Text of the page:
I didn't want to say anything until I was back home, but bringing everything in my carry on bag in both directions, worked. So, I'm now home successfully with 8 vials of DNA sample obtained from relatives in a foreign country.
I actually phoned FTDNA about this issue before leaving and they assured me that it wouldn't be a problem and very kindly emailed me a simple PDF letter stating that the samples are indeed just that:
The letter is on FTDNA letterhead, dated and signed, with phone numbers, etc. I would suggest that anyone wanting to do the same just call FTDNA and ask for one at the time of their travel. They emailed it to me just minutes after the phone call.
Being such a simple letter, I typed it into Google Translate and attached a Spanish translation to it as I was going through customs in South America. So, I kept a copy of the FTNDA letter and the Spanish translation with each one of the kits, but I never needed to show it to anyone.
I'll feel good about doing the same thing in the future, which I will probably have to do sooner rather than later...
Update Dec 19 2016: I went to a holiday party today and happened to meet a former TSA Airport employee. He had all kinds of interesting stories, but of course I asked him about this issue. He said in general, it should be fine. It's a big and significant help to have an official letter from FTDNA on hand, just in case. My Google Translate Spanish letter is a thoughtful gesture, but it isn't necessary as there should always be someone on hand to interpret such documents in any language. If somehow a TSA or customs official does have an issue with the vials, or wants to open them, etc., you should immediately ask for a supervisor and explain the situation to them.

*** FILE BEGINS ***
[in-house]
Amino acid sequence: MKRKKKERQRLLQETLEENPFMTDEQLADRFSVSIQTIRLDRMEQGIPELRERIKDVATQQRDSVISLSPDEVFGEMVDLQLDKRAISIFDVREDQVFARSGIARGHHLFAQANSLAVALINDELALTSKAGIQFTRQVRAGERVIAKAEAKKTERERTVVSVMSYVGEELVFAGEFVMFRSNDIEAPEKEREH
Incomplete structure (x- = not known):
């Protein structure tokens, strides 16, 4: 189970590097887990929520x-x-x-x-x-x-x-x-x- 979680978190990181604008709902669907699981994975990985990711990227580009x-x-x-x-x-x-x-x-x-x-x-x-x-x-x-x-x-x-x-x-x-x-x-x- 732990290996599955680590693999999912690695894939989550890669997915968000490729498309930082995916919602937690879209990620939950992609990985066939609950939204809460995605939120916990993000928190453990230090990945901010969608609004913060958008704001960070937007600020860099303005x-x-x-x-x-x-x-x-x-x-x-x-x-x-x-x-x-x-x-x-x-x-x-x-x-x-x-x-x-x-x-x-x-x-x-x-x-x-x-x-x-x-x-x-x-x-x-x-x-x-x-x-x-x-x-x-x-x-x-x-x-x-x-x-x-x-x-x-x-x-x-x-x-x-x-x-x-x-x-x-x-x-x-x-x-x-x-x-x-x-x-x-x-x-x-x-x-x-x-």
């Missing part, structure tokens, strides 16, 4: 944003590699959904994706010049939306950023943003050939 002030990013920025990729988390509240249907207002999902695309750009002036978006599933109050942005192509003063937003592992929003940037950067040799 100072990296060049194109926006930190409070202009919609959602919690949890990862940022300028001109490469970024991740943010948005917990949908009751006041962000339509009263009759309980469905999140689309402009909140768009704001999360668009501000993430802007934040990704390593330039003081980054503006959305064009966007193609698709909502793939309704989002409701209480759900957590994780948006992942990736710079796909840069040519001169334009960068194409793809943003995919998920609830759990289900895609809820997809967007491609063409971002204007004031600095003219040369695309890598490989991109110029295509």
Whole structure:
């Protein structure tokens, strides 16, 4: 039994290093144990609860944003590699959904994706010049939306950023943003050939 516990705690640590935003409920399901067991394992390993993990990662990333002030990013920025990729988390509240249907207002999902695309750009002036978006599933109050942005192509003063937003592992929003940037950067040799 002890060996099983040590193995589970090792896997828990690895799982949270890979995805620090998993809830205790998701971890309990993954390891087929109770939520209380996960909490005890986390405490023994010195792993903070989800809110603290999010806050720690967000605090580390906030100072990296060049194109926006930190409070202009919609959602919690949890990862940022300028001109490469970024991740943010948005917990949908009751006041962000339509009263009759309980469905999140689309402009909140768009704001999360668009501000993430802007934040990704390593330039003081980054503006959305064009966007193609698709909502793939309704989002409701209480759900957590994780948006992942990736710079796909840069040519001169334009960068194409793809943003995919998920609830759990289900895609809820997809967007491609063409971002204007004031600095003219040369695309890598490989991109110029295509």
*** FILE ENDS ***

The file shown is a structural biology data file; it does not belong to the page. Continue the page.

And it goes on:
However, beyond all of that, the former TSA employee said that if you truly don't want any chance of a hassle, you're better off following @lkessler's original advice and shipping the DNA back home. Just sending it through in your checked luggage is another option, but one I don't think I would ever do.